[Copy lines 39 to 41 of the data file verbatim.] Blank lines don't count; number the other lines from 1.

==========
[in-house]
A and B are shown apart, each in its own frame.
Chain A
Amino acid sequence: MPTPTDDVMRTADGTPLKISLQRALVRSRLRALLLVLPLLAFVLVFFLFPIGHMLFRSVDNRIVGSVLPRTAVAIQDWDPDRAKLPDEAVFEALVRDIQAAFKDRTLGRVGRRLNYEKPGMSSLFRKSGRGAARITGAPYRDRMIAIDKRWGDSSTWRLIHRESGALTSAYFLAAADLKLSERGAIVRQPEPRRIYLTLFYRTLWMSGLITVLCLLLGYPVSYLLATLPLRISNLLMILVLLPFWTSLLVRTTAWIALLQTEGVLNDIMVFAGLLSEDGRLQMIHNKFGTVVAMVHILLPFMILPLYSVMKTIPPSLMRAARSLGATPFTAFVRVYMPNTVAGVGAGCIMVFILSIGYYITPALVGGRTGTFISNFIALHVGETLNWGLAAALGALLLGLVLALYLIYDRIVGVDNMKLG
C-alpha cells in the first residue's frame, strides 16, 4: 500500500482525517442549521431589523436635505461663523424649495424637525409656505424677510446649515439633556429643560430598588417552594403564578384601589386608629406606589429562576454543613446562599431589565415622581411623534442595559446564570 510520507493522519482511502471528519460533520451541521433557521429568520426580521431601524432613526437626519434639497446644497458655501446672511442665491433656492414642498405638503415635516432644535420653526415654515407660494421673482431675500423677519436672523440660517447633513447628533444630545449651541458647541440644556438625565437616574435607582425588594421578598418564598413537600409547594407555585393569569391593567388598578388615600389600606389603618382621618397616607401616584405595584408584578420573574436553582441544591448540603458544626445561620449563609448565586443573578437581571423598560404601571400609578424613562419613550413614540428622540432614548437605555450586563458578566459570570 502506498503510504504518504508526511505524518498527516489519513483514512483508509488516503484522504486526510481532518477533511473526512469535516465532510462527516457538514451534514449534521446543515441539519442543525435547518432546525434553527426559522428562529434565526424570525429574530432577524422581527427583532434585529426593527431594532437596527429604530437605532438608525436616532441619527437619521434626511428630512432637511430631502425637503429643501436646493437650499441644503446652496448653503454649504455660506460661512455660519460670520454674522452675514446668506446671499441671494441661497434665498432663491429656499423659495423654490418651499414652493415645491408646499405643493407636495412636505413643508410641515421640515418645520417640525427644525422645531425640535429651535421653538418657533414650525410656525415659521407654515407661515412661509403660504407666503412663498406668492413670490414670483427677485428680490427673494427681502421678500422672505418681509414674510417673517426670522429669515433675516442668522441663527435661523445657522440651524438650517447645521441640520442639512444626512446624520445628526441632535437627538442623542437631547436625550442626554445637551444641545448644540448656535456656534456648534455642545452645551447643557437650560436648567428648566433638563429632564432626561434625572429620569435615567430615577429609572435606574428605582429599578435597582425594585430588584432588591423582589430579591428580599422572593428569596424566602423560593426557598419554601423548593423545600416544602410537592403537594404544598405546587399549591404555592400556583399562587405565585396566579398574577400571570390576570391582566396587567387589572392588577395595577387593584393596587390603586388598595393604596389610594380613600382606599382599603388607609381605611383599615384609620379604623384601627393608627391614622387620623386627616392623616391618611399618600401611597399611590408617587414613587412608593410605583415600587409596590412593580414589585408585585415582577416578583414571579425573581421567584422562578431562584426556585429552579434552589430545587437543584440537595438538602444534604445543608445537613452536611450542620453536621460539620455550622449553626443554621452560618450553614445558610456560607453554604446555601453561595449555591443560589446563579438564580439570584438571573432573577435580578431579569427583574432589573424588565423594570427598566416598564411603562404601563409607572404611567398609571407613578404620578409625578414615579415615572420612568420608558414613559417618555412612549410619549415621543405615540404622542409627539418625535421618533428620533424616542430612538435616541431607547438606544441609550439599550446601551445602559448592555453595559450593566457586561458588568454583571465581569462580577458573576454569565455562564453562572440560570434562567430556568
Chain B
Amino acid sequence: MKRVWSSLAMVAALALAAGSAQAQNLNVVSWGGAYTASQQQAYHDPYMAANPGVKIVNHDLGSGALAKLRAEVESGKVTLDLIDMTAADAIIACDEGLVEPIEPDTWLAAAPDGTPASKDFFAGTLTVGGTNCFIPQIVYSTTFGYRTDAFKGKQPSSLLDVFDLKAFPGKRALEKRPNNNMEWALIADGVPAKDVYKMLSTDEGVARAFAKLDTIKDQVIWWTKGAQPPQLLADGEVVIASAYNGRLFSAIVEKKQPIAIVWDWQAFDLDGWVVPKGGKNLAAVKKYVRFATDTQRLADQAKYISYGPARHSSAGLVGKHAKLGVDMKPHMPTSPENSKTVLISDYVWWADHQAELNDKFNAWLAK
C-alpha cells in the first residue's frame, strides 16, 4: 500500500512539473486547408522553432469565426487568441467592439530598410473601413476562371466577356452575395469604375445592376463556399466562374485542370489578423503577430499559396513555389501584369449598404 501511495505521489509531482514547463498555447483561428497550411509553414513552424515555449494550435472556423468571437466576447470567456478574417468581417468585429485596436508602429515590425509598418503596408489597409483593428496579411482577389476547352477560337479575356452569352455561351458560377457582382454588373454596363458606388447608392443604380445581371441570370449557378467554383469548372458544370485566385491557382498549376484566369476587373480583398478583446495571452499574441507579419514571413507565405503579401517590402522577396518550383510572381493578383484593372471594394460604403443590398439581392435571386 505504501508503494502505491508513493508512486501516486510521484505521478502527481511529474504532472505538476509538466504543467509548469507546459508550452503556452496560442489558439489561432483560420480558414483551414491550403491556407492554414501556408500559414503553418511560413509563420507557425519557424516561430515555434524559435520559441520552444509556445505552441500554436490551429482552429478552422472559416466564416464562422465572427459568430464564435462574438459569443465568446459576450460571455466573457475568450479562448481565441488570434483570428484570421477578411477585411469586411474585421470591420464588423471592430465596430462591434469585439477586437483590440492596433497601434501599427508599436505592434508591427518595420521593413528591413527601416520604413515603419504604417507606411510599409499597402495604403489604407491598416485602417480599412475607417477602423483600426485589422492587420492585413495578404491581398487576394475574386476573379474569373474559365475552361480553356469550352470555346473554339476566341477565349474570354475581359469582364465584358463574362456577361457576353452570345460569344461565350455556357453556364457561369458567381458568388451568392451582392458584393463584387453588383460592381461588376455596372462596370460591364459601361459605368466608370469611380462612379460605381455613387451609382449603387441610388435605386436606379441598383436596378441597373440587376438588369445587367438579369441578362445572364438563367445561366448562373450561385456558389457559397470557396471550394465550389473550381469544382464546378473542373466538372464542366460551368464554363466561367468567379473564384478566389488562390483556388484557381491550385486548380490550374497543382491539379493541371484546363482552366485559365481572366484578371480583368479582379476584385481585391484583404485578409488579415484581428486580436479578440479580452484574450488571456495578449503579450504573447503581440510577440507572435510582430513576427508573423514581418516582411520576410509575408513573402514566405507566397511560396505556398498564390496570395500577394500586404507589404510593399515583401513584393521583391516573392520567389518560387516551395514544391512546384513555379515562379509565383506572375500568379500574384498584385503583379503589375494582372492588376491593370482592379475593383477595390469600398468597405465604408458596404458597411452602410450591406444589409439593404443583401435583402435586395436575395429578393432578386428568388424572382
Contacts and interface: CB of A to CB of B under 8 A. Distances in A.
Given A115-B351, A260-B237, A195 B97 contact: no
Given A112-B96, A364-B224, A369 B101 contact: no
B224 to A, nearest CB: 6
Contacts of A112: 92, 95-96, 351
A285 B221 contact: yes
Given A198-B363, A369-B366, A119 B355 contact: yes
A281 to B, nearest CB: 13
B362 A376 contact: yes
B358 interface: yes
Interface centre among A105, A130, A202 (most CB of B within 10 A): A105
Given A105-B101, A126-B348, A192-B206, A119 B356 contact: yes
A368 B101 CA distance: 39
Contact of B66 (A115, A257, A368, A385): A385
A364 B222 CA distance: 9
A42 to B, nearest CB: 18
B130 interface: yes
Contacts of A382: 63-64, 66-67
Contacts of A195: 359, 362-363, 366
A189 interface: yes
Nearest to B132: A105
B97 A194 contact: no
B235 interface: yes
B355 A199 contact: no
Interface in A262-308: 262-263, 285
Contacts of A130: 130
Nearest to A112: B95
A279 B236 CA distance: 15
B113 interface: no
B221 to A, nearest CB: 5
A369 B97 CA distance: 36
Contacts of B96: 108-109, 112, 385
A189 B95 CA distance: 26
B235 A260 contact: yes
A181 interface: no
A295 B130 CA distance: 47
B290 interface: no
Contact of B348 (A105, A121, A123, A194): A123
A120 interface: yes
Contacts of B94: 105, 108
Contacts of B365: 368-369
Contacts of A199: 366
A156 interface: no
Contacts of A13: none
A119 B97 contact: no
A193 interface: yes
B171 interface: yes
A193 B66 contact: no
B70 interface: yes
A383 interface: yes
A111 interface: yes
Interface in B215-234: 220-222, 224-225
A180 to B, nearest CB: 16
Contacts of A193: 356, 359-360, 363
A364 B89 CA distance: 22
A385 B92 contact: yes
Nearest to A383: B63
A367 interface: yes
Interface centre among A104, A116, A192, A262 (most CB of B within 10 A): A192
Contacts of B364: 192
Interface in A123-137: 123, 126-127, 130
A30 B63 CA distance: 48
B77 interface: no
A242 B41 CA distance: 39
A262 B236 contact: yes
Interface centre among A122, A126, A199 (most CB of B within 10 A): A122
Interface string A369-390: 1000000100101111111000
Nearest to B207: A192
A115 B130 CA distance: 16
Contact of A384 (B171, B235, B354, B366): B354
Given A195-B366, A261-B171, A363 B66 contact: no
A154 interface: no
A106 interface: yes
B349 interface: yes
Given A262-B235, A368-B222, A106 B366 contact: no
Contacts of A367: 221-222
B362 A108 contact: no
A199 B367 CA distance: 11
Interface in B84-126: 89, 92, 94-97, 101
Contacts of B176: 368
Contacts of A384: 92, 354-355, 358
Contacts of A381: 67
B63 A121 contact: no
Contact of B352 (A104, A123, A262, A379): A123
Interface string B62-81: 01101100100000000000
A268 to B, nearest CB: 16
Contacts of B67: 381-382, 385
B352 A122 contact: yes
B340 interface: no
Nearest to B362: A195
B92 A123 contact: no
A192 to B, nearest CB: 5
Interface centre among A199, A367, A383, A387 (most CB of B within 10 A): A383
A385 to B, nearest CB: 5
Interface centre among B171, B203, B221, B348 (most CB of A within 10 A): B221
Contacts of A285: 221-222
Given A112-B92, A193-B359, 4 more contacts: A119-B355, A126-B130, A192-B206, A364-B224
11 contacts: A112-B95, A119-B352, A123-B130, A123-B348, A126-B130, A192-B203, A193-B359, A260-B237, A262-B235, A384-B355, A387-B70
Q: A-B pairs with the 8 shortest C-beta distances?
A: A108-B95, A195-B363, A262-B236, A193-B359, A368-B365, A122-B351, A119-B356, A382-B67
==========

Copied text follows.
A369 B97 CA distance: 36
Contacts of B96: 108-109, 112, 385
A189 B95 CA distance: 26